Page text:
Anglicanism is good, but it is not ultimate, only provisional. Only Jesus Christ is ultimate, and one day, even if only on the Last Day, all denominational identities will give way to the creedal and confessed one, holy, catholic, and apostolic Church.
At its best, Anglicanism is a portion and faithful expression of that Church, but it is only a portion, only an expression, not its fullness. Recognizing Anglicanism’s provisional and partial character is a practice with venerable Anglican pedigree. The Lambeth Conferences of 1920, 1930, and 1948 gave witness to this, noting that Anglicanism’s future was for “its ideals … [to] become less Anglican and more Catholic. It cannot look to any bonds of union holding it together, other than those which should hold together the Catholic Church itself” (1920 Lambeth Conference, Report of the Committee on Reunion).
The Lambeth conferences recognized that, rather than something to be maintained for its own sake or at all costs,
The Anglican Communion is seen as in some sense an incident in the history of the Church Universal. It has arisen out of the situation caused by the divisions of Christendom. It has indeed been clearly blessed of God, as we thankfully acknowledge; but in its present character we believe that it is transitional, and we forecast the day when the racial and historical connections which at present characterize it will be transcended, and the life of our Communion will be merged in a larger fellowship in the Catholic Church. (1930 Lambeth Conference, “Committee on the Anglican Communion”)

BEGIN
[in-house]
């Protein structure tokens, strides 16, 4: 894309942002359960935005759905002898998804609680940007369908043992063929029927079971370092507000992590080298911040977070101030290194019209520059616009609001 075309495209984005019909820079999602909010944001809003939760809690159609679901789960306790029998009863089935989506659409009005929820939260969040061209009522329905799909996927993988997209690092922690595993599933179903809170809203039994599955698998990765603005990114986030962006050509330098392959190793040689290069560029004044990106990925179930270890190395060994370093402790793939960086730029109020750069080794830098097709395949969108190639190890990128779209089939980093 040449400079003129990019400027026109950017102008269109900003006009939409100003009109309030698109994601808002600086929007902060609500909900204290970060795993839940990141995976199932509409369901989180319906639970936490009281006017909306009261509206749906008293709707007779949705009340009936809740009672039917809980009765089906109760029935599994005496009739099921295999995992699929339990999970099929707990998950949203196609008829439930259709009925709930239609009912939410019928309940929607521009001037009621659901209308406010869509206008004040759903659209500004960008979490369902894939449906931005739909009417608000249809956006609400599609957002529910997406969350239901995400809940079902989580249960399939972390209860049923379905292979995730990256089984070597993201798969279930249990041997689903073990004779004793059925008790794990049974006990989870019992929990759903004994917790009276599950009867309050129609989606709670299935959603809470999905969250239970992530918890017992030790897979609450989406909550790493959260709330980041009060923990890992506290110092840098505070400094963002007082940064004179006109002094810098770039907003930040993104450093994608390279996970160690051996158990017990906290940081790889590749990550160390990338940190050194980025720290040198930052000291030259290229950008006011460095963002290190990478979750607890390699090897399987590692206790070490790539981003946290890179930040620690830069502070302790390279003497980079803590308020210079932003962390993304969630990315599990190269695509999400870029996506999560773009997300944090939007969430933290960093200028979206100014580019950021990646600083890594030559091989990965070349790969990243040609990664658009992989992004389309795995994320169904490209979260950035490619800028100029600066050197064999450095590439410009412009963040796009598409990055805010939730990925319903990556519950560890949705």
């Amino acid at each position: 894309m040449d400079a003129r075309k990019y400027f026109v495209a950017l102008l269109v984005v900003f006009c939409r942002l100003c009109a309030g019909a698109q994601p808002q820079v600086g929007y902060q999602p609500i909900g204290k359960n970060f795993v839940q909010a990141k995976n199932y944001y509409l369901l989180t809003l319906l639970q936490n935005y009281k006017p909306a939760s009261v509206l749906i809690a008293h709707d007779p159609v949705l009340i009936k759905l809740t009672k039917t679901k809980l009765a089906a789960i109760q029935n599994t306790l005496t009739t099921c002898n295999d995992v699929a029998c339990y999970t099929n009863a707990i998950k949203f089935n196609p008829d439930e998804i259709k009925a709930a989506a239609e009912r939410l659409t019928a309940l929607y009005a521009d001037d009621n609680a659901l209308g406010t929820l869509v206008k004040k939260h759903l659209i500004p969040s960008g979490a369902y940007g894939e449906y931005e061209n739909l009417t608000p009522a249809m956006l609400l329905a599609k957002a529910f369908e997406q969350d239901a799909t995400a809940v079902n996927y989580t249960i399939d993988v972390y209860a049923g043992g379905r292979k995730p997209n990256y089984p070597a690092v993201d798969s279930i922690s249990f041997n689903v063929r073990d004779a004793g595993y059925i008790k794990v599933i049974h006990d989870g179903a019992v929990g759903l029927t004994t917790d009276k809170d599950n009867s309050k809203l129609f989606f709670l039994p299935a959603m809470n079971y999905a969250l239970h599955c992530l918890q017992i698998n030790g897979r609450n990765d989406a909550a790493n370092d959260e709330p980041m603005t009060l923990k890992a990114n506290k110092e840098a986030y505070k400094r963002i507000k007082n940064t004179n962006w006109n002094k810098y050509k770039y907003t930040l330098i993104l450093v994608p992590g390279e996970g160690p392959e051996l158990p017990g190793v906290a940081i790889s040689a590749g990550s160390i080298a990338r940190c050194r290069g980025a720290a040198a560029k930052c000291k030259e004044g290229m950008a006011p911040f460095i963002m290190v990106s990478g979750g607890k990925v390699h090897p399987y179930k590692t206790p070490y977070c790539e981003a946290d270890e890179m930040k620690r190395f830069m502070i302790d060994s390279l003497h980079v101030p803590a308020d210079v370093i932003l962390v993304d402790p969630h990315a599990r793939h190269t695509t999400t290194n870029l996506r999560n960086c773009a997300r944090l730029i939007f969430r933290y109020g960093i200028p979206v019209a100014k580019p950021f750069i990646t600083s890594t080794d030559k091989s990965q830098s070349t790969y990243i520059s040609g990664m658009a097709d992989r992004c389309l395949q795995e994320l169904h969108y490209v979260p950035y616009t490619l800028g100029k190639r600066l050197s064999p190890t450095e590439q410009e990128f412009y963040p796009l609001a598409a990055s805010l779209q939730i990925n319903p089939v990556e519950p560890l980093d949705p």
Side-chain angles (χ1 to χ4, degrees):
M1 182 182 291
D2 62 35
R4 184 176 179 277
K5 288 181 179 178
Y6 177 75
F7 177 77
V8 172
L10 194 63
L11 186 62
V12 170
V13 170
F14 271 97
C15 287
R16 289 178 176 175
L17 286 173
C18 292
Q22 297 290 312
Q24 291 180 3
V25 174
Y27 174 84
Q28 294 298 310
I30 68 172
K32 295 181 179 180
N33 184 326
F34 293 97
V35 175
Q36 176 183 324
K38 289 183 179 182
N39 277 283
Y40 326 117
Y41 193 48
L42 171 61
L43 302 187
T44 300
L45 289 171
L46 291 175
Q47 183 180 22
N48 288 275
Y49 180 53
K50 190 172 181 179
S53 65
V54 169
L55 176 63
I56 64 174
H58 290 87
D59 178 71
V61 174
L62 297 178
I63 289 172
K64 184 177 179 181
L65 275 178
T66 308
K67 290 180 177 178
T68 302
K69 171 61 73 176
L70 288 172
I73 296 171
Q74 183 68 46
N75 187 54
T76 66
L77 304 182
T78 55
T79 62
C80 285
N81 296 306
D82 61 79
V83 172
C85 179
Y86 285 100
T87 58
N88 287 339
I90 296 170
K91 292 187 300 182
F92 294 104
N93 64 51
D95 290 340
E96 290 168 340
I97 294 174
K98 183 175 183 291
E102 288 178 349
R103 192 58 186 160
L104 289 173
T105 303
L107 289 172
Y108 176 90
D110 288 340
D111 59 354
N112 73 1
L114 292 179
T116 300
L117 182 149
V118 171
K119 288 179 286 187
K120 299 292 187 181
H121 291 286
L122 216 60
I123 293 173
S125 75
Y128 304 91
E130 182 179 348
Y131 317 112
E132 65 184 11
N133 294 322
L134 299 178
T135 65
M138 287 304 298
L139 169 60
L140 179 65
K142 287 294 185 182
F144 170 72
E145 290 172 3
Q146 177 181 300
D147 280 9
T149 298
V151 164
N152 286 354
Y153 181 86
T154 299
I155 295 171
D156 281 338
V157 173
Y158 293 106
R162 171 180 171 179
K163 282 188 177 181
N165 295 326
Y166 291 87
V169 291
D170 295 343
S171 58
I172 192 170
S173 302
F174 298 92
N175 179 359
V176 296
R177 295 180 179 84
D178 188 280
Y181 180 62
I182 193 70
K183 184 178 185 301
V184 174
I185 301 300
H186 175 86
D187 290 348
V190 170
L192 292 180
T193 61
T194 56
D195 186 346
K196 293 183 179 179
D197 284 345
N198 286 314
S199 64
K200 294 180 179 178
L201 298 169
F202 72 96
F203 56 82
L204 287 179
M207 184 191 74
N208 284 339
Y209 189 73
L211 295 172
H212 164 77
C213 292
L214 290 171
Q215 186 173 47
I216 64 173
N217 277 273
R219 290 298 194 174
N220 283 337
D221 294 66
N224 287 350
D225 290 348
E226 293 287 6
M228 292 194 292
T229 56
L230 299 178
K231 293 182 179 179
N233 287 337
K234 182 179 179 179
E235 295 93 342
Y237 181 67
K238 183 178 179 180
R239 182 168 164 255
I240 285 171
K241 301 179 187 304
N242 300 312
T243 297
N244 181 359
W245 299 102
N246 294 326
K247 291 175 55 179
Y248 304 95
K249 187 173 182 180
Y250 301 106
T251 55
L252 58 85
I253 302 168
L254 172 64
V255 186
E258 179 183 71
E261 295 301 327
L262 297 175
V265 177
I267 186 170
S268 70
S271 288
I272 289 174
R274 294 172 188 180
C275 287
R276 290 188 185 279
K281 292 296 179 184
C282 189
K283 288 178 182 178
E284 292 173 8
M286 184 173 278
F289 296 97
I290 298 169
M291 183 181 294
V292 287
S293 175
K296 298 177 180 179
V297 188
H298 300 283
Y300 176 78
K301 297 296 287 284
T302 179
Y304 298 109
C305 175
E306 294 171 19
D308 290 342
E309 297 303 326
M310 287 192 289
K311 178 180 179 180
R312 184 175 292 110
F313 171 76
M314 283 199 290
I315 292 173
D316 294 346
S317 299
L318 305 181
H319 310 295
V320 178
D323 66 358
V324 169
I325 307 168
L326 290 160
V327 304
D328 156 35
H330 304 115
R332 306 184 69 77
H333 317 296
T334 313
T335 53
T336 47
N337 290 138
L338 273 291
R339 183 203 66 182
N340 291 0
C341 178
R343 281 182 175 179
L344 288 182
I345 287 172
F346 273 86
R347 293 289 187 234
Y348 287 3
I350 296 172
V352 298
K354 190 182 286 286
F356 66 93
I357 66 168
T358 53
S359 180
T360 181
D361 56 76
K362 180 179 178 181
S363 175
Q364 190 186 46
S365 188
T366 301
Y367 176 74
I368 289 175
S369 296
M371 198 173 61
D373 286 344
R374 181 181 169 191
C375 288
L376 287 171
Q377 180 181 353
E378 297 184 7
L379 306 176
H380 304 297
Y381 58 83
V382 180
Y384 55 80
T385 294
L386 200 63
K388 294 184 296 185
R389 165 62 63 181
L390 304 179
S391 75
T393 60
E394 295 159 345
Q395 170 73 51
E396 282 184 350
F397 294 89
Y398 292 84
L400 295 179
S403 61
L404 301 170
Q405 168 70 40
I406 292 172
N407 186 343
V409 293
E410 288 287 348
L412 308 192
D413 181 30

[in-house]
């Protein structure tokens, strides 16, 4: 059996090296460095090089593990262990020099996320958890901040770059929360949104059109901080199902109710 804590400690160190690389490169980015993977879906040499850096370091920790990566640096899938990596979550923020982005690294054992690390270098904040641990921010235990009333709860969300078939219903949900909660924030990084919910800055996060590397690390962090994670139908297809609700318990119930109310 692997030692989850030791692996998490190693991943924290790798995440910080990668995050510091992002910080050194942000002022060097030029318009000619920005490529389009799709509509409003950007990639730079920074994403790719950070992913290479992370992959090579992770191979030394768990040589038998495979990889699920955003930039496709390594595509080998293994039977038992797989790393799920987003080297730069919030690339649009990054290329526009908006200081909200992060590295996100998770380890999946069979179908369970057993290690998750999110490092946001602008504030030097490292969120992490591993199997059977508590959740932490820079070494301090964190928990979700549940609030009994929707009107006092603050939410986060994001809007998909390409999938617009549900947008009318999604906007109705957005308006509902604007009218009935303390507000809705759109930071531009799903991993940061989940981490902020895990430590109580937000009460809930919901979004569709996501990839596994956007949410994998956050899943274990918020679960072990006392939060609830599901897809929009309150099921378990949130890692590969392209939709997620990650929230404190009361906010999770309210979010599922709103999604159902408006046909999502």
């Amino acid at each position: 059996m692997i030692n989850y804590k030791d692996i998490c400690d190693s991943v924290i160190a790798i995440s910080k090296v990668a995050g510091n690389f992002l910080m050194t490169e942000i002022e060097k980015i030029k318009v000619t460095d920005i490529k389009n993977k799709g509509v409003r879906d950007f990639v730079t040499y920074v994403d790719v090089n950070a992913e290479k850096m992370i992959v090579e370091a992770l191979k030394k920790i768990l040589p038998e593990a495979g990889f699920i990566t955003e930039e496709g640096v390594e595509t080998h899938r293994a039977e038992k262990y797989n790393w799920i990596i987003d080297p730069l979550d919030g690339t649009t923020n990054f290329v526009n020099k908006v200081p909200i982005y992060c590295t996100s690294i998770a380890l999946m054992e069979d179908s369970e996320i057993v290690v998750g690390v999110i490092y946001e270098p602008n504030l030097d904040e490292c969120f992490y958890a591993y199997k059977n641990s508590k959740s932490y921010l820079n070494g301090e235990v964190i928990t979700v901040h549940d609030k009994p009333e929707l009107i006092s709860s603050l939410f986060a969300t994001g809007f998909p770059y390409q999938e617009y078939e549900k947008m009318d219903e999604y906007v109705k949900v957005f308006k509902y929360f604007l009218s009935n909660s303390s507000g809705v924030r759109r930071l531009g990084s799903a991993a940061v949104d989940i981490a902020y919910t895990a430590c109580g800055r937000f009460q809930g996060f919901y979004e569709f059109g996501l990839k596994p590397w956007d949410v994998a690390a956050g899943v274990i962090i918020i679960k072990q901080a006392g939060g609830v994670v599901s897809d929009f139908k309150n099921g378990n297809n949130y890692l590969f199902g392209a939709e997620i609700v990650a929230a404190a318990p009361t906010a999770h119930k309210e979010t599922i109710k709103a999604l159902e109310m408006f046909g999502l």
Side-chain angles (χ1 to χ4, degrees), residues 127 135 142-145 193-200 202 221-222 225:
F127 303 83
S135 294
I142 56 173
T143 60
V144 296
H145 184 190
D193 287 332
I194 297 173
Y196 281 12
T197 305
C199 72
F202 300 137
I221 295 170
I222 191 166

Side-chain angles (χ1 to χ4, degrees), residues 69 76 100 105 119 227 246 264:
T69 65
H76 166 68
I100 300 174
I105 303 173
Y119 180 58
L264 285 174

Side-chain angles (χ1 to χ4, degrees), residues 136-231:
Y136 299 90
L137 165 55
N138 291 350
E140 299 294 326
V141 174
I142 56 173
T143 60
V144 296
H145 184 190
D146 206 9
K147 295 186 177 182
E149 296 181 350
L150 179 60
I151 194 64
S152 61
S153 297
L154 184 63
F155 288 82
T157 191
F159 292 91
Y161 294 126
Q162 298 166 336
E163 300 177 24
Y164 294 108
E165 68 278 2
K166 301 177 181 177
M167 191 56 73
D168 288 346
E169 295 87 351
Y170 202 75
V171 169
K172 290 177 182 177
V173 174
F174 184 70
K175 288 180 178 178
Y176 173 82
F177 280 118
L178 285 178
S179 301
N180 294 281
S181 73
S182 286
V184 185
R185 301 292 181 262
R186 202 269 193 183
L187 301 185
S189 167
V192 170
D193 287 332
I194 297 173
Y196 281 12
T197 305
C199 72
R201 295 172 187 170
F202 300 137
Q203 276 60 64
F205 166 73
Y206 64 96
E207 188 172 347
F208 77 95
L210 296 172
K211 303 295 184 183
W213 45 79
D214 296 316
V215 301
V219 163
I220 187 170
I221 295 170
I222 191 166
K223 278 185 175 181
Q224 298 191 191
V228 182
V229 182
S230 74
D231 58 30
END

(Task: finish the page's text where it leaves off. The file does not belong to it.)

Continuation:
Or, as Michael Ramsey poignantly put it, Anglicanism’s
greater vindication lies in its pointing through its own history to something of which it is a fragment. Its credentials are its incompleteness, with the tension and the travail in its soul. It is clumsy and untidy, it baffles neatness and logic. For it is sent not to commend itself as “the best type of Christianity,” but by its very brokenness to point to the universal Church wherein all have died. (The Gospel and the Catholic Church [Cowley, 1990], p. 220)
None of these observations arise from any sort of Anglican self-loathing or desire to mitigate the importance of the Anglican Communion. My ecclesial migrations into the Episcopal Church have stemmed from a conviction that Catholic Christianity can be believed, professed, and lived here, and that membership in the Communion matters. But these voices from our past ought to remind us that we are part of something larger, larger even than the Anglican Communion. They ought to remind us that the life of our Communion is not an end in itself, but ought to serve that larger reality.
It is not that Anglican identity does not matter or should not be upheld, but that Anglican identity is oriented toward and at the service of a larger Catholic fullness. There are, no doubt, treasures in the Anglican patrimony that will be received by the wider church when God, in his mercy, heals our sad divisions and full visible unity is restored. No less a figure than Pope Benedict XVI recognized this when he established the Anglican Ordinariates. Yet our primary task is not to hold onto them, but to put them at the service of the universal Church. Our primary task is not to propagate Anglicanism, but to spread the gospel of Christ, and to promote the unity of his one, holy, catholic, and apostolic Church.
As the 2020 Lambeth Conference approaches and the issues facing the Communion grow more pressing and fraught, we must beware a myopic shrinking of our vision. The Anglican Communion and its churches exist for the sake of that universal church for which Christ died. If we lose sight of this vocation, then it matters very little how we resolve the question of our identity, or whether there remains any institution to bear that identity.